Lily's Dance

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Status: In Progress  |  Genre: Literary Fiction  |  House: Booksie Classic

Submitted: November 20, 2017

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Submitted: November 20, 2017

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Lily’s Dance

 

Lily walked on the isle of her school bus thinking of an alibi why she can’t dance for the family day next week. Why was I chosen? Please, God. I’m too shy. Please tell mom and dad it’s okay if I don’t dance. Pleeaaaasse. When she arrived home, she immediately told her parents that she was chosen as one of the performers for the upcoming family day.

 

“Can I just do something else? I don’t want to dance.”

 

“Well, then, you just have to learn to. Extracurricular activities will help your grades. They monitor that too, you know,” her dad answered. “What’s so difficult with dancing?”

 

The difficult thing is, she doesn’t know how to. She hasn’t had any experience in dancing and for a 5-year-old, tripping on stage can be mortifying. She knew that has a high chance of happening due to her clumsiness.

 

“You’re always like that. You’re being nonsense. That’s just a dance. What will your teachers and other parents say? They’ll be disappointed. They chose you too. You don’t want to hurt their feelings just because of a dance, would you?” her mom added.

 

The next day, she was brought to the school by her mom for the practice. She arrived a bit late and was very shy to join. All the kids are flailing their arms and doing complicated skips and steps. They’re almost halfway through the dance. I won’t be able to catch up. The dance teacher is one of her mom’s friends, Aunt Laura. She’s kind to her and in her eyes, she looks like a cool mom; although sometimes, she hears other moms talking about her. Oh, she worked in Japan as a waitress? So, she probably did some side jobs too? Some parents are commenting on her makeup, tight dress, and short skirts sometimes. Lily once asked her mom why some people are mad at her. ‘Don’t listen to adult conversations,’ her mom said.

 

Laura spotted her and her mom walking towards the stage. She and her mom struck some small talk and Aunt Laura urged her to join the practice. When she said she’s shy to join, Aunt Laura dragged her to the stage to at least watch the steps. She obliged.

 

They ate tuna sandwiches and orange juice during the 1-hour breaktime. Her mom, in her clenched jaw told her to dance during the second part of the practice, or else, she’ll tell on her to her dad. Aunt Jane heard their conversation and said, “Maybe she doesn’t like the instructor,” and giggled.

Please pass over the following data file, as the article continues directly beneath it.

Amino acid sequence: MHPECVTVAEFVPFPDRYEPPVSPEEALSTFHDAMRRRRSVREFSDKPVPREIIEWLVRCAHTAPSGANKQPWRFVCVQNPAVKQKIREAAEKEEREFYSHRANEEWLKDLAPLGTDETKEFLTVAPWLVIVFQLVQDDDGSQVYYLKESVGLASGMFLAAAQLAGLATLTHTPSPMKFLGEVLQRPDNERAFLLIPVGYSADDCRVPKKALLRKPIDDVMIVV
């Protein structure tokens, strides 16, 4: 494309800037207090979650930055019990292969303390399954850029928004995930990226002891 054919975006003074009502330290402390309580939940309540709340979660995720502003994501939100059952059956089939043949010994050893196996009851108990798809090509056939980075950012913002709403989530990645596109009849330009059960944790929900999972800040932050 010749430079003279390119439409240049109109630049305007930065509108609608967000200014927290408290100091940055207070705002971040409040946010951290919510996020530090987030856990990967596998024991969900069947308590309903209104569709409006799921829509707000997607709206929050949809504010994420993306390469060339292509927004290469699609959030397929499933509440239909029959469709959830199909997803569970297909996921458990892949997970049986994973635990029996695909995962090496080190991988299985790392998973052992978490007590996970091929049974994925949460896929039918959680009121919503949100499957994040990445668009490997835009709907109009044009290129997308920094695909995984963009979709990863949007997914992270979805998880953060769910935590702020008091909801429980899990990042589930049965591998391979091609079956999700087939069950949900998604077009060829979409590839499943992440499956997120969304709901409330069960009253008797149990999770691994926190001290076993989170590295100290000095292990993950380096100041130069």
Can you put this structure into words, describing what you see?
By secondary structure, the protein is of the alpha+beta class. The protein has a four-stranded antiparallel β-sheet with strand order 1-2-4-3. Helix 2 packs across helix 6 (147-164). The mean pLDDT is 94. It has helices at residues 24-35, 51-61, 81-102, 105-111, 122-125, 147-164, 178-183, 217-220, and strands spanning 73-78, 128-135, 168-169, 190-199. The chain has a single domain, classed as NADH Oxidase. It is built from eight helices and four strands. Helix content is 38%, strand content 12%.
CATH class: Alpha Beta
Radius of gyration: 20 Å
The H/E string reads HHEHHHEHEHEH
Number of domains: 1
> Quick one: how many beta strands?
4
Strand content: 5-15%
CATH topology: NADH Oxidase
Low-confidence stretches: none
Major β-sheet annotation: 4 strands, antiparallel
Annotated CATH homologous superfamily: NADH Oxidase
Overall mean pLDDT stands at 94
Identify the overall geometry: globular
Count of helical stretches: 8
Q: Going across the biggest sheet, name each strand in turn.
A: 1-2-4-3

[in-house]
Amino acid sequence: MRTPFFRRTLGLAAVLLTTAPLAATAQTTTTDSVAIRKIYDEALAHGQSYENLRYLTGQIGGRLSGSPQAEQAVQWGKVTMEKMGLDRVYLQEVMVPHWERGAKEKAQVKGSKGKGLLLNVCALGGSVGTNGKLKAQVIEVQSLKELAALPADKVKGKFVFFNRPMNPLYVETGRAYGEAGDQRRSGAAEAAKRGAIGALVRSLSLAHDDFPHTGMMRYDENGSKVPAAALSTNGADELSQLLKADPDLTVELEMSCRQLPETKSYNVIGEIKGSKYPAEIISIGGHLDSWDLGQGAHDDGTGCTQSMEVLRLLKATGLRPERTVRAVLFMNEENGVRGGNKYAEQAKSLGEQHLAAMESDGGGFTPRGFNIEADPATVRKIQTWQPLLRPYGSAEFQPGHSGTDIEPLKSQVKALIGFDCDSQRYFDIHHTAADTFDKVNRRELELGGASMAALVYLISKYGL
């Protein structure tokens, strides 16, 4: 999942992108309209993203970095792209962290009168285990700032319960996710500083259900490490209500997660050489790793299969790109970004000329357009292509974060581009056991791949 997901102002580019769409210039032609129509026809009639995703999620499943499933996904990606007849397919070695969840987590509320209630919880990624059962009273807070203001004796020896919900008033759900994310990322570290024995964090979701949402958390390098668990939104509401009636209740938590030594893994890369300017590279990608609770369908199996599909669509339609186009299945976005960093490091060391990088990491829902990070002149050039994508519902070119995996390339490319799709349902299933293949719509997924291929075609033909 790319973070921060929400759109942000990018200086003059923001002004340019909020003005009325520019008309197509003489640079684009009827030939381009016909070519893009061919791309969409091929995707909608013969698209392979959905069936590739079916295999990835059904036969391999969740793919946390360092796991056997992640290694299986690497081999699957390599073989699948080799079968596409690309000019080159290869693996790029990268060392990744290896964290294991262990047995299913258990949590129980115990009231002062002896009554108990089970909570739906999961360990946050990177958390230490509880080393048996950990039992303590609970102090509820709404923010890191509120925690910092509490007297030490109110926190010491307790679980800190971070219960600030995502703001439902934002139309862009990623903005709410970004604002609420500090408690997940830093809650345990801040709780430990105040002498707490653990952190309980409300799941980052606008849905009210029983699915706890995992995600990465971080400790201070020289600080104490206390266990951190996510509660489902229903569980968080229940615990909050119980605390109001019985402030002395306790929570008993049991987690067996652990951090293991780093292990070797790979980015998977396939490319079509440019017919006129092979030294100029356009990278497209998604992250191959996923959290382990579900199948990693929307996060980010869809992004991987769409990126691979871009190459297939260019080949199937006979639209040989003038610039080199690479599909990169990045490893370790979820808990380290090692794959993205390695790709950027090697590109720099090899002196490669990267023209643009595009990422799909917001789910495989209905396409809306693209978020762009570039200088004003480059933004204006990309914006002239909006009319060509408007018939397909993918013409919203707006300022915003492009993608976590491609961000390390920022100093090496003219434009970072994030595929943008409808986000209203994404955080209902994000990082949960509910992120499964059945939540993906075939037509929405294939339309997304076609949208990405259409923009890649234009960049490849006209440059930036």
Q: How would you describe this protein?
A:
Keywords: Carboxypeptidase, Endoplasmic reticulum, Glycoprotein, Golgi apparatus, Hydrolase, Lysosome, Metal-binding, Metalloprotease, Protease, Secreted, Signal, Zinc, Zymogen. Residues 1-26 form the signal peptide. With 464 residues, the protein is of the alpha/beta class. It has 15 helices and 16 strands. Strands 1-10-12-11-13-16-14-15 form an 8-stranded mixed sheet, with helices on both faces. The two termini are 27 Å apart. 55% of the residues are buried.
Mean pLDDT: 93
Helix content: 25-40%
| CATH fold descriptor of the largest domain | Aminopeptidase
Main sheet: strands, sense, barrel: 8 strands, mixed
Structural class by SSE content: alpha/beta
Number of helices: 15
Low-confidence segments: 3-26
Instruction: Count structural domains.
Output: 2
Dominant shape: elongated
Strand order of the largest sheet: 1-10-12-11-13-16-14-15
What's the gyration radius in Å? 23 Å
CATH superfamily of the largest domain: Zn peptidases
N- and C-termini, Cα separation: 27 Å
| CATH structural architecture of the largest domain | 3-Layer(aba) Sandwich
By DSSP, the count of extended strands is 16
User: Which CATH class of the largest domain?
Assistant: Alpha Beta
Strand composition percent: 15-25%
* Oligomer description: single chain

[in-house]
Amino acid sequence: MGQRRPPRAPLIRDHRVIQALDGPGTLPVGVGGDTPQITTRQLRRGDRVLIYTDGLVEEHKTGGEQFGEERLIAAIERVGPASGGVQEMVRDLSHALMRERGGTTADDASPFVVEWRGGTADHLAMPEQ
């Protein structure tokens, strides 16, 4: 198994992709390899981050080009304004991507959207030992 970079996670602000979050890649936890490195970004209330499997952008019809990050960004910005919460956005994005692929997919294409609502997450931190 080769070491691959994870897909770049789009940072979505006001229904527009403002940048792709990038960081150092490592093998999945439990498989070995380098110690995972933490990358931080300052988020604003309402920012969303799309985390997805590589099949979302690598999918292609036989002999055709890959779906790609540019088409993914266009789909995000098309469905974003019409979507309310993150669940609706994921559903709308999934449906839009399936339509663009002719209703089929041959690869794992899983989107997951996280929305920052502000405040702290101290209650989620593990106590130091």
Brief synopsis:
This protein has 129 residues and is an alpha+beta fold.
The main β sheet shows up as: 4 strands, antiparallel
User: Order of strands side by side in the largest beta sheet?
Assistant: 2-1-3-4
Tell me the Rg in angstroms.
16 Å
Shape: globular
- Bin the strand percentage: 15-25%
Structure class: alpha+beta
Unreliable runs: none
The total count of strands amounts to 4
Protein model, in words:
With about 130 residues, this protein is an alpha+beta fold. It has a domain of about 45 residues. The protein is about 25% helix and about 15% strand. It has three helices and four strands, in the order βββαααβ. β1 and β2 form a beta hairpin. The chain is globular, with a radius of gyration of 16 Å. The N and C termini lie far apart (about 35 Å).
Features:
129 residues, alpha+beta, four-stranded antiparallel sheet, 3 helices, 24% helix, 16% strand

Five minutes before the second half of the practice, Aunt Laura went to talk to Lily and asked her to participate after the break. Two other moms are joining in on pushing her to dance on stage. I’m scared. I can’t do the dance. She didn’t know what to tell them. “Why won’t you dance, Lily?” “The steps are easy.” “You can do it.” She looked at Aunt Jane who was contented eating her sandwich.

 

“I don’t like Aunt Laura to teach me.”

 

 Her mom glared at her and immediately, she regretted opening her mouth. Aunt Laura looked quite shocked with what she said but she dragged her nevertheless towards the stage and forced her to dance. She grudgingly followed every step with her heart pounding. She didn’t care about the dance and the people watching anymore. She didn’t even care if she trips or messes up. She only cared about going home and what awaits her there.

 

After the practice, she prayed to God that she wouldn’t get hit later. She said sorry for telling what she said to Aunt Laura. On the way to the car, her mom didn’t say another word. She held her hand but her nails were digging into her skin. At the backseat, she tried to hold back her tears as she rubbed her arm. The nail marks on her arm hurt a lot and her heart seems stuck in her throat. She held back her tears because it’s forbidden when ‘it’s her fault.’ ‘If that tear drops, I’ll add another blow to your punishment,’ her dad once said. So, she sat there praying and saying sorry to God for being a bad person that day.

 

When they arrived home, her mom immediately said what happened at school.  Her dad got his brown leather belt.

 

“GET DOWN TO THE FLOOR! ON YOUR STOMACH!” His voice thundered inside the house.

 

When it was over, she slept for three hours straight. She woke up a little bit when her mom checked the welts on her buttocks. She prayed again that night.

 

“God, I’m sorry for being a bad person today. I’m sorry I said that to Aunt Laura. I promise I won’t hurt other’s feelings anymore because of simple things like a dance. I’ll dance well at practice tomorrow.”

 


© Copyright 2018 Maia Stone. All rights reserved.

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